Author(s): Glassman SD, Berven S, Bridwell K, Horton W, Dimar JR
Abstract Share this page
Abstract STUDY DESIGN: This study is a retrospective review of the initial enrollment data from a prospective multicentered study of adult spinal deformity. OBJECTIVES: The purpose of this study is to correlate radiographic measures of deformity with patient-based outcome measures in adult scoliosis. SUMMARY OF BACKGROUND DATA: Prior studies of adult scoliosis have attempted to correlate radiographic appearance and clinical symptoms, but it has proven difficult to predict health status based on radiographic measures of deformity alone. The ability to correlate radiographic measures of deformity with symptoms would be useful for decision-making and surgical planning. METHODS: The study correlates radiographic measures of deformity with scores on the Short Form-12, Scoliosis Research Society-29, and Oswestry profiles. Radiographic evaluation was performed according to an established positioning protocol for anteroposterior and lateral 36-inch standing radiographs. Radiographic parameters studied were curve type, curve location, curve magnitude, coronal balance, sagittal balance, apical rotation, and rotatory subluxation. RESULTS: The 298 patients studied include 172 with no prior surgery and 126 who had undergone prior spine fusion. Positive sagittal balance was the most reliable predictor of clinical symptoms in both patient groups. Thoracolumbar and lumbar curves generated less favorable scores than thoracic curves in both patient groups. Significant coronal imbalance of greater than 4 cm was associated with deterioration in pain and function scores for unoperated patients but not in patients with previous surgery. CONCLUSIONS: This study suggests that restoration of a more normal sagittal balance is the critical goal for any reconstructive spine surgery. The study suggests that magnitude of coronal deformity and extent of coronal correction are less critical parameters.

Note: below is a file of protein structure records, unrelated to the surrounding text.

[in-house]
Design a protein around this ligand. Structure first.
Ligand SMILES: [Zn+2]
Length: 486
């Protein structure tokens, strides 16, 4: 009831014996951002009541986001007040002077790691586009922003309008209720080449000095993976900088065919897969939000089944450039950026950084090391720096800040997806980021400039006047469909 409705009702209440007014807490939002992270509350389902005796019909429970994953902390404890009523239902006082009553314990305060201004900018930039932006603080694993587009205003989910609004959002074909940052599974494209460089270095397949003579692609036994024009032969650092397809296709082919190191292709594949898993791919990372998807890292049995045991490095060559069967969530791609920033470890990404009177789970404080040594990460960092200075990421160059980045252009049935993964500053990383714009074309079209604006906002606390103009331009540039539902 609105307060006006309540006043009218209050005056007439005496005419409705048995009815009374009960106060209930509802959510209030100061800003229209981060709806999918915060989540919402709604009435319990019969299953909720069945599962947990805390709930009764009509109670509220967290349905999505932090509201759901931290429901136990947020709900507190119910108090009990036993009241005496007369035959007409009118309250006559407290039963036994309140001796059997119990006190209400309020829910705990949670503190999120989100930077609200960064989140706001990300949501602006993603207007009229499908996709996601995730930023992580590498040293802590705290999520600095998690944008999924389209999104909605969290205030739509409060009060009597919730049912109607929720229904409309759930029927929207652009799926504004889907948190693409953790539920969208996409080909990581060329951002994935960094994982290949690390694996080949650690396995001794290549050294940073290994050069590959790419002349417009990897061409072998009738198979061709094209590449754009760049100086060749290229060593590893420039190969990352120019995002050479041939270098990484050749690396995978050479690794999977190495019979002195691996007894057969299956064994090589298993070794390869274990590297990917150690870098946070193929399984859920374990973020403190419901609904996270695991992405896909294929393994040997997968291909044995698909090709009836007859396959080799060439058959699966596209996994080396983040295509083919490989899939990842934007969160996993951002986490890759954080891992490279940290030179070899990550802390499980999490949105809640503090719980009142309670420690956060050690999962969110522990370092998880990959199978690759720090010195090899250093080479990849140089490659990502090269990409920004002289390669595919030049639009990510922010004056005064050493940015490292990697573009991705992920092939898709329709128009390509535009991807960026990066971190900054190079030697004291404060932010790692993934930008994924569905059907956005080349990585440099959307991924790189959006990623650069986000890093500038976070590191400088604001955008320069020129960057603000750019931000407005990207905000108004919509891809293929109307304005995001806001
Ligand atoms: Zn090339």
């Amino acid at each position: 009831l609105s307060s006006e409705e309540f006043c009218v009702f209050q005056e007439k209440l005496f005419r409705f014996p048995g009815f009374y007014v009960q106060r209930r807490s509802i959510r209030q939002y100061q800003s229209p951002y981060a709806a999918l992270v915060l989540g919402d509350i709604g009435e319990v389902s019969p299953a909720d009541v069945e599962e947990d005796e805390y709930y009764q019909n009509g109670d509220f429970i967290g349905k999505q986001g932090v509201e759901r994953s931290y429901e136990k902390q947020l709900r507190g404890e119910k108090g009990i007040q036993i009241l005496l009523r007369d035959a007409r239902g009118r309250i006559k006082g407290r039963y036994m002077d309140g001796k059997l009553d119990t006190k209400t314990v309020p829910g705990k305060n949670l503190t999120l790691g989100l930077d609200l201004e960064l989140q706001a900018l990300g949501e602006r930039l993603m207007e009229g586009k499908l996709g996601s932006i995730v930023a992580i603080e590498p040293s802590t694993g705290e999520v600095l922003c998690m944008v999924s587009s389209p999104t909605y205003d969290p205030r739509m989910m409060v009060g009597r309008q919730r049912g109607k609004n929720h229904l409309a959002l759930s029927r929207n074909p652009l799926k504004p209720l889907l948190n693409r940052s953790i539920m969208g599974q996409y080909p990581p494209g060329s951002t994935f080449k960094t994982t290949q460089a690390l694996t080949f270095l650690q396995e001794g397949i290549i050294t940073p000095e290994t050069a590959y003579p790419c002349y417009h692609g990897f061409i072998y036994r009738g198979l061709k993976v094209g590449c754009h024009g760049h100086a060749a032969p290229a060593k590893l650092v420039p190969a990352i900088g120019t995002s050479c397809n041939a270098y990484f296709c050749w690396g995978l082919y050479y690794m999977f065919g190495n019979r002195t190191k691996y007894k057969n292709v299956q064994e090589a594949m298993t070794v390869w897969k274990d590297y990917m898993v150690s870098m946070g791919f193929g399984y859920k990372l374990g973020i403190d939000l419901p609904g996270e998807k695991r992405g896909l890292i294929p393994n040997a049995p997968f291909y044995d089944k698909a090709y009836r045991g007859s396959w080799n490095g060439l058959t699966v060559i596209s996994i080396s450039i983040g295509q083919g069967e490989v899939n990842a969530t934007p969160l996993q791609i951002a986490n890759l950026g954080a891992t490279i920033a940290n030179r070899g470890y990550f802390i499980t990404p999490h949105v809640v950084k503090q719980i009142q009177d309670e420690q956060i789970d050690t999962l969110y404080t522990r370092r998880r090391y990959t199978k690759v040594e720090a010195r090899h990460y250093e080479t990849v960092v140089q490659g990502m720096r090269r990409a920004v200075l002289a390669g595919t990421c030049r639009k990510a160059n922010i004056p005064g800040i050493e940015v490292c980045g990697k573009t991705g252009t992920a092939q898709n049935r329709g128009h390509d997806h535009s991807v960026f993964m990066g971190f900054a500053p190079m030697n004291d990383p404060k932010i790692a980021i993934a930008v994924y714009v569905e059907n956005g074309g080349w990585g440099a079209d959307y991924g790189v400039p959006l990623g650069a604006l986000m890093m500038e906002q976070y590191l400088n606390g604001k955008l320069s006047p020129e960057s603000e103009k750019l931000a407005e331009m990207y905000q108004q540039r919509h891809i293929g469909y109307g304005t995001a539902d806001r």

This article was published in Spine (Phila Pa 1976)
and referenced in Journal of Spine